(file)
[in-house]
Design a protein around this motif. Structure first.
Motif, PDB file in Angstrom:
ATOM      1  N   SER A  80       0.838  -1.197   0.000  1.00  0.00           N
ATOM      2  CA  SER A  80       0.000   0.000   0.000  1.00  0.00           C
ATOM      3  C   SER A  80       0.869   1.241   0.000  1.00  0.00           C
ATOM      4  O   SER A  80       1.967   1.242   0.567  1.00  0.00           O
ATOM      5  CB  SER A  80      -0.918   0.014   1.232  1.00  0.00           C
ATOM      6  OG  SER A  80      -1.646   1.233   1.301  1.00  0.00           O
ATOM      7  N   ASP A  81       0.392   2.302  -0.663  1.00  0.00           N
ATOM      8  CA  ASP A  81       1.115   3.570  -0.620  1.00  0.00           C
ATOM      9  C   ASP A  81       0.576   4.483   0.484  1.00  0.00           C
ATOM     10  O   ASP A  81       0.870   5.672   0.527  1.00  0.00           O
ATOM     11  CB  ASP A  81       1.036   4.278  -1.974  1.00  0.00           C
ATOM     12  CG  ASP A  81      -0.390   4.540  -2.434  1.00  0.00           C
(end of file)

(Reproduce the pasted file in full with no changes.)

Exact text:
[in-house]
Design a protein around this motif. Structure first.
Motif, PDB file in Angstrom:
ATOM      1  N   SER A  80       0.838  -1.197   0.000  1.00  0.00           N
ATOM      2  CA  SER A  80       0.000   0.000   0.000  1.00  0.00           C
ATOM      3  C   SER A  80       0.869   1.241   0.000  1.00  0.00           C
ATOM      4  O   SER A  80       1.967   1.242   0.567  1.00  0.00           O
ATOM      5  CB  SER A  80      -0.918   0.014   1.232  1.00  0.00           C
ATOM      6  OG  SER A  80      -1.646   1.233   1.301  1.00  0.00           O
ATOM      7  N   ASP A  81       0.392   2.302  -0.663  1.00  0.00           N
ATOM      8  CA  ASP A  81       1.115   3.570  -0.620  1.00  0.00           C
ATOM      9  C   ASP A  81       0.576   4.483   0.484  1.00  0.00           C
ATOM     10  O   ASP A  81       0.870   5.672   0.527  1.00  0.00           O
ATOM     11  CB  ASP A  81       1.036   4.278  -1.974  1.00  0.00           C
ATOM     12  CG  ASP A  81      -0.390   4.540  -2.434  1.00  0.00           C